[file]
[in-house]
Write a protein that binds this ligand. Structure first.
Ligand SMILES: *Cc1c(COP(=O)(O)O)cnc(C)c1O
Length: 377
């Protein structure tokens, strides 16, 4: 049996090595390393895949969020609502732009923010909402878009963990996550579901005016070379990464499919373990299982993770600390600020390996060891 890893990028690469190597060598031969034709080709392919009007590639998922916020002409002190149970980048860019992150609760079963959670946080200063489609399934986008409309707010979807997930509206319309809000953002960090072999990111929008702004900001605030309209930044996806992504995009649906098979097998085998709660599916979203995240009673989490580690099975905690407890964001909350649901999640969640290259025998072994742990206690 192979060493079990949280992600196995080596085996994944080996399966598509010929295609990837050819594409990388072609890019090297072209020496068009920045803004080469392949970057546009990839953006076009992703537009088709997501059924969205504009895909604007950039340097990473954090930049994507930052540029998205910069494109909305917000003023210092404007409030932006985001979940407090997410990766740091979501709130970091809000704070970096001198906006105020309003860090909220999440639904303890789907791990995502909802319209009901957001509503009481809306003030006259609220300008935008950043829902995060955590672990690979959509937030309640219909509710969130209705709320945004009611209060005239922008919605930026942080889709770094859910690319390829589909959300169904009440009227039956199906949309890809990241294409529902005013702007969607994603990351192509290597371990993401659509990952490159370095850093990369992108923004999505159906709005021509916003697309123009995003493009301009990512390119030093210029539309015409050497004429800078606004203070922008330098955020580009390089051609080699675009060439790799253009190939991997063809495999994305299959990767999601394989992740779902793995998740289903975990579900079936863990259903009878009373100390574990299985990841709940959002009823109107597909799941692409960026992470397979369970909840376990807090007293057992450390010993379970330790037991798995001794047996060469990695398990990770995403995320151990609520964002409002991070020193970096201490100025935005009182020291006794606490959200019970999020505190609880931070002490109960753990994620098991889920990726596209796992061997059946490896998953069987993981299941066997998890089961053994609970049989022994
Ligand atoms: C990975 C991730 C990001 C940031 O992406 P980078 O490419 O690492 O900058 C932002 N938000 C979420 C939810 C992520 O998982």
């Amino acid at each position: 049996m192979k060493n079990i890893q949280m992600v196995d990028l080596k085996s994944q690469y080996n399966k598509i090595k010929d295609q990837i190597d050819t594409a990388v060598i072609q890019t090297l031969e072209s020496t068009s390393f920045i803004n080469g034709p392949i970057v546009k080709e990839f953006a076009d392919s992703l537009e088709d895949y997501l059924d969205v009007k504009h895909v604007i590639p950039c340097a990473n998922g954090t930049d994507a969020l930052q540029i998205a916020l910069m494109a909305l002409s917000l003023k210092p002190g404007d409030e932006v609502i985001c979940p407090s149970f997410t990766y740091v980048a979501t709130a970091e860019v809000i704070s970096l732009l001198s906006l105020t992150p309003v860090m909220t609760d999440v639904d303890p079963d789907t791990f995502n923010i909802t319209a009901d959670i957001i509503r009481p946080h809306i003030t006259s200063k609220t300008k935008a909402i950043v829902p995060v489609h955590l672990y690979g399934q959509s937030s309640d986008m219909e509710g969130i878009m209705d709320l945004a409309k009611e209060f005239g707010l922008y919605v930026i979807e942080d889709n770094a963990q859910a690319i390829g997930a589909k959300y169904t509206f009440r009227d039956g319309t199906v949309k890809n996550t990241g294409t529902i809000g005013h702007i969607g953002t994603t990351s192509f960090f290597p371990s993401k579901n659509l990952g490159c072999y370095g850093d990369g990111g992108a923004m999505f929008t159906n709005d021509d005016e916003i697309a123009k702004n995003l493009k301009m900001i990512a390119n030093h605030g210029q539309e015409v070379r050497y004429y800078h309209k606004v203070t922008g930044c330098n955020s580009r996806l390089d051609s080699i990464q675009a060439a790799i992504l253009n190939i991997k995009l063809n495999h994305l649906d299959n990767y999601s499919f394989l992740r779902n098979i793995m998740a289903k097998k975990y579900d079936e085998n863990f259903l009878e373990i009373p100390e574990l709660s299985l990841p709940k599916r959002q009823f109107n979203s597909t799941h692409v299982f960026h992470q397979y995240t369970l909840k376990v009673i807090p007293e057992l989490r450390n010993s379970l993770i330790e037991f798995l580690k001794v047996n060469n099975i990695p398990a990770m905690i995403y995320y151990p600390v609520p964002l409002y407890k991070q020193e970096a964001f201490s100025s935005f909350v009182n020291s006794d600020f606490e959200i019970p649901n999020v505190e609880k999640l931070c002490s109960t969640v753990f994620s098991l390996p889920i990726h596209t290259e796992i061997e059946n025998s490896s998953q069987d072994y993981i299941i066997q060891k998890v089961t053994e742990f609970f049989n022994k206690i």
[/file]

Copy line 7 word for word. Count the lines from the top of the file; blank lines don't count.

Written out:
């Amino acid at each position: 049996m192979k060493n079990i890893q949280m992600v196995d990028l080596k085996s994944q690469y080996n399966k598509i090595k010929d295609q990837i190597d050819t594409a990388v060598i072609q890019t090297l031969e072209s020496t068009s390393f920045i803004n080469g034709p392949i970057v546009k080709e990839f953006a076009d392919s992703l537009e088709d895949y997501l059924d969205v009007k504009h895909v604007i590639p950039c340097a990473n998922g954090t930049d994507a969020l930052q540029i998205a916020l910069m494109a909305l002409s917000l003023k210092p002190g404007d409030e932006v609502i985001c979940p407090s149970f997410t990766y740091v980048a979501t709130a970091e860019v809000i704070s970096l732009l001198s906006l105020t992150p309003v860090m909220t609760d999440v639904d303890p079963d789907t791990f995502n923010i909802t319209a009901d959670i957001i509503r009481p946080h809306i003030t006259s200063k609220t300008k935008a909402i950043v829902p995060v489609h955590l672990y690979g399934q959509s937030s309640d986008m219909e509710g969130i878009m209705d709320l945004a409309k009611e209060f005239g707010l922008y919605v930026i979807e942080d889709n770094a963990q859910a690319i390829g997930a589909k959300y169904t509206f009440r009227d039956g319309t199906v949309k890809n996550t990241g294409t529902i809000g005013h702007i969607g953002t994603t990351s192509f960090f290597p371990s993401k579901n659509l990952g490159c072999y370095g850093d990369g990111g992108a923004m999505f929008t159906n709005d021509d005016e916003i697309a123009k702004n995003l493009k301009m900001i990512a390119n030093h605030g210029q539309e015409v070379r050497y004429y800078h309209k606004v203070t922008g930044c330098n955020s580009r996806l390089d051609s080699i990464q675009a060439a790799i992504l253009n190939i991997k995009l063809n495999h994305l649906d299959n990767y999601s499919f394989l992740r779902n098979i793995m998740a289903k097998k975990y579900d079936e085998n863990f259903l009878e373990i009373p100390e574990l709660s299985l990841p709940k599916r959002q009823f109107n979203s597909t799941h692409v299982f960026h992470q397979y995240t369970l909840k376990v009673i807090p007293e057992l989490r450390n010993s379970l993770i330790e037991f798995l580690k001794v047996n060469n099975i990695p398990a990770m905690i995403y995320y151990p600390v609520p964002l409002y407890k991070q020193e970096a964001f201490s100025s935005f909350v009182n020291s006794d600020f606490e959200i019970p649901n999020v505190e609880k999640l931070c002490s109960t969640v753990f994620s098991l390996p889920i990726h596209t290259e796992i061997e059946n025998s490896s998953q069987d072994y993981i299941i066997q060891k998890v089961t053994e742990f609970f049989n022994k206690i």